Thursday, September 13, 2018

Transhumance process with sheep in Iceland - 1:30 video

"September brings réttir—the nationwide roundup where people on foot, ATVs or Icelandic horses retrieve their stock from the mountains and valleys, aided by trusty sheepdogs. The grueling endeavor sometimes requires days in the saddle, and entire communities turn out in support." From: celebrating-rettir.

This is Réttir in Iceland, the transhumance process of moving sheep from their summer grazing grounds to their winter shelters. There are no Livestock Guardian Dogs needed, as the only lamb predator in Iceland would be the Arctic_fox, which generally eats smaller mammals, eggs, birds and plants. In spite of there being no LGDs in this country, I'm including this for educational purposes.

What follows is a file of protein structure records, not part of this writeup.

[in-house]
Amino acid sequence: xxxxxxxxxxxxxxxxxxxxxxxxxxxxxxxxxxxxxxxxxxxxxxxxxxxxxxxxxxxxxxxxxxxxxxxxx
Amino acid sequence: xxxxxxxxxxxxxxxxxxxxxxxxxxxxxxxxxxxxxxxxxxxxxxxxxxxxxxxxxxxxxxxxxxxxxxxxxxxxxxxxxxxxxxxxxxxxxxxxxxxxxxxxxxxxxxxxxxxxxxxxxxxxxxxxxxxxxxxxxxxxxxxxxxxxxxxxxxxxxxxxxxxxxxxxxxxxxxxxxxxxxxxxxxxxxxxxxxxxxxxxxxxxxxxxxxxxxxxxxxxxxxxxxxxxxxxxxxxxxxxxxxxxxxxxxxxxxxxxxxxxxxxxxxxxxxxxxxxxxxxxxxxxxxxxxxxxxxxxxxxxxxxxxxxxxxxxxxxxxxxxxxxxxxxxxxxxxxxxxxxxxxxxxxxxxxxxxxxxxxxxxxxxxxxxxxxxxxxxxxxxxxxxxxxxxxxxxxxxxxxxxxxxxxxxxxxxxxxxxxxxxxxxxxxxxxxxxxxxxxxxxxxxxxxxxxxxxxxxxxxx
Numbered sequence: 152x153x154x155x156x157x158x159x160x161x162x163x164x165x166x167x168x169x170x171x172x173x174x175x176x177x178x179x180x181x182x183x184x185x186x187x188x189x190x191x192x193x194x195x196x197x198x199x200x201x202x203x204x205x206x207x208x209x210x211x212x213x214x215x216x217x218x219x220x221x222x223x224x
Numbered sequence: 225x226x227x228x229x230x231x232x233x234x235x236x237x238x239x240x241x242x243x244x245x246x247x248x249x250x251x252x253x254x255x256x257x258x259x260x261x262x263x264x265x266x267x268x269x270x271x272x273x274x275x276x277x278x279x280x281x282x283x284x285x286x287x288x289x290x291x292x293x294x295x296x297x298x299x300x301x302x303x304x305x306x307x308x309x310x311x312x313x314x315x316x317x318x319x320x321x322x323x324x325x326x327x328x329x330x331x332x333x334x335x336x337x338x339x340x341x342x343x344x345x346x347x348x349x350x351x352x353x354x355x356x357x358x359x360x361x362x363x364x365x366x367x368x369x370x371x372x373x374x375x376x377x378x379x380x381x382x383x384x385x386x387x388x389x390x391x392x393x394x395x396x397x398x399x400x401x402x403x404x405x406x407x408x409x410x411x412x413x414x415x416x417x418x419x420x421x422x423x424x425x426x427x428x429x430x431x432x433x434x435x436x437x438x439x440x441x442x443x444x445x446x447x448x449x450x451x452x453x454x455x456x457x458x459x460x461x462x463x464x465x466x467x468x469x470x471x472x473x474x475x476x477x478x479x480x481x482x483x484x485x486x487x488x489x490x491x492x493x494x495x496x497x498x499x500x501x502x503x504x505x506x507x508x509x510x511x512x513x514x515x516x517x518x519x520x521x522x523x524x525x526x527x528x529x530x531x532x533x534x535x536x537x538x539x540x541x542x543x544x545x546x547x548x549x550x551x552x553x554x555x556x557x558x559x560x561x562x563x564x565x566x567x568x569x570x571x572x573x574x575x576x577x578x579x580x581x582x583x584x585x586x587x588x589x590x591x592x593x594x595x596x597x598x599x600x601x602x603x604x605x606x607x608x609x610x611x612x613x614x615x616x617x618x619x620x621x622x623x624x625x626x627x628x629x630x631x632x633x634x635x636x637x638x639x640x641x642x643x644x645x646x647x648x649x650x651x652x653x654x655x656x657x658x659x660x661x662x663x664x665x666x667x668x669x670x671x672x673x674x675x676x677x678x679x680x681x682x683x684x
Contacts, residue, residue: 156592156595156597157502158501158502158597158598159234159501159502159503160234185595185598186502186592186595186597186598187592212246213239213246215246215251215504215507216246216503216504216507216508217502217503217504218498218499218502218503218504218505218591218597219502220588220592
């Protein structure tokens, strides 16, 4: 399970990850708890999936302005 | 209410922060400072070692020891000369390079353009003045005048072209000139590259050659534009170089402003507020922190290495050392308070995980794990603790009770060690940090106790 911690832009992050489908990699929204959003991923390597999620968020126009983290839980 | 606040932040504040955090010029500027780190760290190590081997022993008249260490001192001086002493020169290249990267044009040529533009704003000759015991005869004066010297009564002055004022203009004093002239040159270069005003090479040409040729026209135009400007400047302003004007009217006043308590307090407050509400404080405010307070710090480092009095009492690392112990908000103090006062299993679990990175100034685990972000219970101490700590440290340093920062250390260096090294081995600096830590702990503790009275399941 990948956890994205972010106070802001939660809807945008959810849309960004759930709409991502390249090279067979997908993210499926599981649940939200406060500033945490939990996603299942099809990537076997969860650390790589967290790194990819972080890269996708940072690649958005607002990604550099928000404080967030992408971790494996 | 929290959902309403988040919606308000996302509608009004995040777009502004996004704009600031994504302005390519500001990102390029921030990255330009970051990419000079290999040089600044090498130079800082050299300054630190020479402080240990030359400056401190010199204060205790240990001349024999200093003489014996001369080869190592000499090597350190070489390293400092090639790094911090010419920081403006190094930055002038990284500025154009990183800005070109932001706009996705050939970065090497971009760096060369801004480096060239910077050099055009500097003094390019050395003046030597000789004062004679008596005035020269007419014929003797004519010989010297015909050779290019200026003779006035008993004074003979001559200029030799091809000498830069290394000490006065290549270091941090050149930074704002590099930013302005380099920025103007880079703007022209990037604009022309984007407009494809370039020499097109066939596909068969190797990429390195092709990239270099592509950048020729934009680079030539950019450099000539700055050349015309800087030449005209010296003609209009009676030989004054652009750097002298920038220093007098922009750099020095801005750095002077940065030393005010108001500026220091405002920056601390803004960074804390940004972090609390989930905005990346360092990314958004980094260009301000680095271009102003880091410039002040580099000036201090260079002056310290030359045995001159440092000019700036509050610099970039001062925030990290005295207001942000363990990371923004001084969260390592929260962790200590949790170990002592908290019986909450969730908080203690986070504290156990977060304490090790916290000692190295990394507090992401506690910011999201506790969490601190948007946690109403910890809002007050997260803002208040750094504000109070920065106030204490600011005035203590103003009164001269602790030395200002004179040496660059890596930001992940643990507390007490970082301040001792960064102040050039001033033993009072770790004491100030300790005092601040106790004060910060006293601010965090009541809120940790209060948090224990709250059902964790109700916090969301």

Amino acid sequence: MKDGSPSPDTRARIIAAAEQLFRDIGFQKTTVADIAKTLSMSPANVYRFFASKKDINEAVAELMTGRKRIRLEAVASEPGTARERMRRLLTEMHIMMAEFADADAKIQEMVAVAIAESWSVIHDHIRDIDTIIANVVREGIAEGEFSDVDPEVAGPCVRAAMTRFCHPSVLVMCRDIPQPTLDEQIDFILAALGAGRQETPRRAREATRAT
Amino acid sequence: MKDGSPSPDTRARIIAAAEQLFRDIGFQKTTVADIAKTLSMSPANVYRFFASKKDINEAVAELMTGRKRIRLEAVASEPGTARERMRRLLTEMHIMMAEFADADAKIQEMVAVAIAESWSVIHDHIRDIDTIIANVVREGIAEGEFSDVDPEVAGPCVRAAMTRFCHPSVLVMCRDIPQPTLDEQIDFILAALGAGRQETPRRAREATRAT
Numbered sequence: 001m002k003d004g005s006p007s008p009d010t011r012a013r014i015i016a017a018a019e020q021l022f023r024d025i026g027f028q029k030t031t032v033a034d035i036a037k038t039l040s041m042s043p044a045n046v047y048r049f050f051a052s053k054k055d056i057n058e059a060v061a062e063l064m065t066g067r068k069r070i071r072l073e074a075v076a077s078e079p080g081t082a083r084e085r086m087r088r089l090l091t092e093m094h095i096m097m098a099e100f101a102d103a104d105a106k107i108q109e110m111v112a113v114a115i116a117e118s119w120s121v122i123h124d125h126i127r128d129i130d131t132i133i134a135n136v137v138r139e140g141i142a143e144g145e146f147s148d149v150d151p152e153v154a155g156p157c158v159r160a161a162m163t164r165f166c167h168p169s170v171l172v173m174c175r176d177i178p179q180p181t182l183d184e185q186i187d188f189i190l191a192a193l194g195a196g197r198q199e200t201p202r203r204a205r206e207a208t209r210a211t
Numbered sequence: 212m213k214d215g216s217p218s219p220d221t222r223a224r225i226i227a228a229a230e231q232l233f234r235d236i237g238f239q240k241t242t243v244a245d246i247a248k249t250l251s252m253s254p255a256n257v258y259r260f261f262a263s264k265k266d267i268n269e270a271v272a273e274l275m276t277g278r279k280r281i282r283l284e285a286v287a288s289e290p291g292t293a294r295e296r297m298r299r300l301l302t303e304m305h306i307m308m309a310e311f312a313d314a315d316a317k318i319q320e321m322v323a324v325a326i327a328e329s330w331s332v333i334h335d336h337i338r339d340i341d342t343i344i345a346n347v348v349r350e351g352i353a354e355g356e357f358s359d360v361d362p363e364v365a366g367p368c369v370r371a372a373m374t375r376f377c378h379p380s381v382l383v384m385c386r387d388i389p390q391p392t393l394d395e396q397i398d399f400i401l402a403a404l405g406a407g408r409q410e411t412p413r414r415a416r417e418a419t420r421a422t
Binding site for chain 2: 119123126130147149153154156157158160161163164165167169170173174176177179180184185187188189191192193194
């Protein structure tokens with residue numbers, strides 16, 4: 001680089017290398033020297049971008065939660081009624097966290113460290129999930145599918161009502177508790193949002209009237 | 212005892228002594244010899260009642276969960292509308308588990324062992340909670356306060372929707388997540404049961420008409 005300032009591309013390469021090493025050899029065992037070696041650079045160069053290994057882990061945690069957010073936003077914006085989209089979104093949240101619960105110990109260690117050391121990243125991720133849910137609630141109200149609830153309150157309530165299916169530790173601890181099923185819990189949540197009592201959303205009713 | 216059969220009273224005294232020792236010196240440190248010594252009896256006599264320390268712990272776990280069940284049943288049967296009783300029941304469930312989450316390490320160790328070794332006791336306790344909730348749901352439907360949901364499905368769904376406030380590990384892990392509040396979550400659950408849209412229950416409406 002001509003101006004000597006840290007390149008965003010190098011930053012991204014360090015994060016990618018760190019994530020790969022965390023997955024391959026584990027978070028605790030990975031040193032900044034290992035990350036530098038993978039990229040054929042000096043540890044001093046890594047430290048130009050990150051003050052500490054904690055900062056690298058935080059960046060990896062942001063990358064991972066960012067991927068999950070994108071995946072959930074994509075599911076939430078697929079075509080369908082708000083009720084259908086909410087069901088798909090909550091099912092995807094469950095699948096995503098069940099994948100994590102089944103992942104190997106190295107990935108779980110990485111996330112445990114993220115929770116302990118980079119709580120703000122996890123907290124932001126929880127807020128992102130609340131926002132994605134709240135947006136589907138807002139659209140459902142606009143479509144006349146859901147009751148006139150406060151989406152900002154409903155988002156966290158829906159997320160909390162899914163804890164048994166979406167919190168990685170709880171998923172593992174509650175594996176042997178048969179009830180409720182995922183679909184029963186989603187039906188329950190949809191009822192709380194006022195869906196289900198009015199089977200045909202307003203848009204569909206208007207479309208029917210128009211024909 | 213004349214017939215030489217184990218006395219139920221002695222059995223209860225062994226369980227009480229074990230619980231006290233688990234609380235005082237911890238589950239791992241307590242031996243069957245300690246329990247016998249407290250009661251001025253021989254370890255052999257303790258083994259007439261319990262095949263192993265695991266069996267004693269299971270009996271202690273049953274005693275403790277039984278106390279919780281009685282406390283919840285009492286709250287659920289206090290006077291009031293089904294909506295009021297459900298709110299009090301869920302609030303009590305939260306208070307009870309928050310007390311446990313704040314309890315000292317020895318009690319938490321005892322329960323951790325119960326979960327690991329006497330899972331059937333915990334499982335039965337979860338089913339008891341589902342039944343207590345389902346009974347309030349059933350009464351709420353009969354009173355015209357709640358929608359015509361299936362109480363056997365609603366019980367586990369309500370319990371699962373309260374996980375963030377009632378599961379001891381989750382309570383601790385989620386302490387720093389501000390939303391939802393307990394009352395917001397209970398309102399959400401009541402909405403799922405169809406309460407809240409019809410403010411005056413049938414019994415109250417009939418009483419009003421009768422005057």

"The Icelandic Sheepdog is a breed of dog of spitz type originating from the dogs brought to Iceland by the Vikings. It is of similar type to the Norwegian Buhund, the Shetland Sheepdog, and the Welsh Corgi. They are commonly used to herd sheep in the Icelandic countryside....In the Icelandic landscape, sheep often get lost and it has historically been the dog's job to find them and return them to the herd. They are, therefore, used to working on their own and to figuring things out for themselves, so owners have to beware lest they learn things they should not. As a watch dog, their main task was to alert the inhabitants when somebody was coming."

From Wikipedia:  Icelandic_Sheepdog